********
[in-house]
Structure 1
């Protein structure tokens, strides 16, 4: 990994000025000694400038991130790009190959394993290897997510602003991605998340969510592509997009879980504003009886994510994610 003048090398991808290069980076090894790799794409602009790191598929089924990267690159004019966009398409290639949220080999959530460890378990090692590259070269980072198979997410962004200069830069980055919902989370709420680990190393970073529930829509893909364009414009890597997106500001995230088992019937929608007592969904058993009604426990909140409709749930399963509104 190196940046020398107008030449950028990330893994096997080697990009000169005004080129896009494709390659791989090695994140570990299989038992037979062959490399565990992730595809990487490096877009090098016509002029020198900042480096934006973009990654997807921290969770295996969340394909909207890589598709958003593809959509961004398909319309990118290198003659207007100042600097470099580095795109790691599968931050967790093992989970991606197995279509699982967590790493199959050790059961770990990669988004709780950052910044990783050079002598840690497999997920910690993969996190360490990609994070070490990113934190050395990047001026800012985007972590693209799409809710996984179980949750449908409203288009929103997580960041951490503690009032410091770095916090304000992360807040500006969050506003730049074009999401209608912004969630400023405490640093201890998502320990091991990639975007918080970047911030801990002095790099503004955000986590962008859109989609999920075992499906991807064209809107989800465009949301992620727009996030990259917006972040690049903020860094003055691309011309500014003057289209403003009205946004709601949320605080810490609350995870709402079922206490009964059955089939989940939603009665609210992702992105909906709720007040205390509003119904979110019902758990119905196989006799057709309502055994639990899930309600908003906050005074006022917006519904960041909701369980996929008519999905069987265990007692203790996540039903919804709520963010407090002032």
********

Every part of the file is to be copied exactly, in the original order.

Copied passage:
[in-house]
Structure 1
């Protein structure tokens, strides 16, 4: 990994000025000694400038991130790009190959394993290897997510602003991605998340969510592509997009879980504003009886994510994610 003048090398991808290069980076090894790799794409602009790191598929089924990267690159004019966009398409290639949220080999959530460890378990090692590259070269980072198979997410962004200069830069980055919902989370709420680990190393970073529930829509893909364009414009890597997106500001995230088992019937929608007592969904058993009604426990909140409709749930399963509104 190196940046020398107008030449950028990330893994096997080697990009000169005004080129896009494709390659791989090695994140570990299989038992037979062959490399565990992730595809990487490096877009090098016509002029020198900042480096934006973009990654997807921290969770295996969340394909909207890589598709958003593809959509961004398909319309990118290198003659207007100042600097470099580095795109790691599968931050967790093992989970991606197995279509699982967590790493199959050790059961770990990669988004709780950052910044990783050079002598840690497999997920910690993969996190360490990609994070070490990113934190050395990047001026800012985007972590693209799409809710996984179980949750449908409203288009929103997580960041951490503690009032410091770095916090304000992360807040500006969050506003730049074009999401209608912004969630400023405490640093201890998502320990091991990639975007918080970047911030801990002095790099503004955000986590962008859109989609999920075992499906991807064209809107989800465009949301992620727009996030990259917006972040690049903020860094003055691309011309500014003057289209403003009205946004709601949320605080810490609350995870709402079922206490009964059955089939989940939603009665609210992702992105909906709720007040205390509003119904979110019902758990119905196989006799057709309502055994639990899930309600908003906050005074006022917006519904960041909701369980996929008519999905069987265990007692203790996540039903919804709520963010407090002032």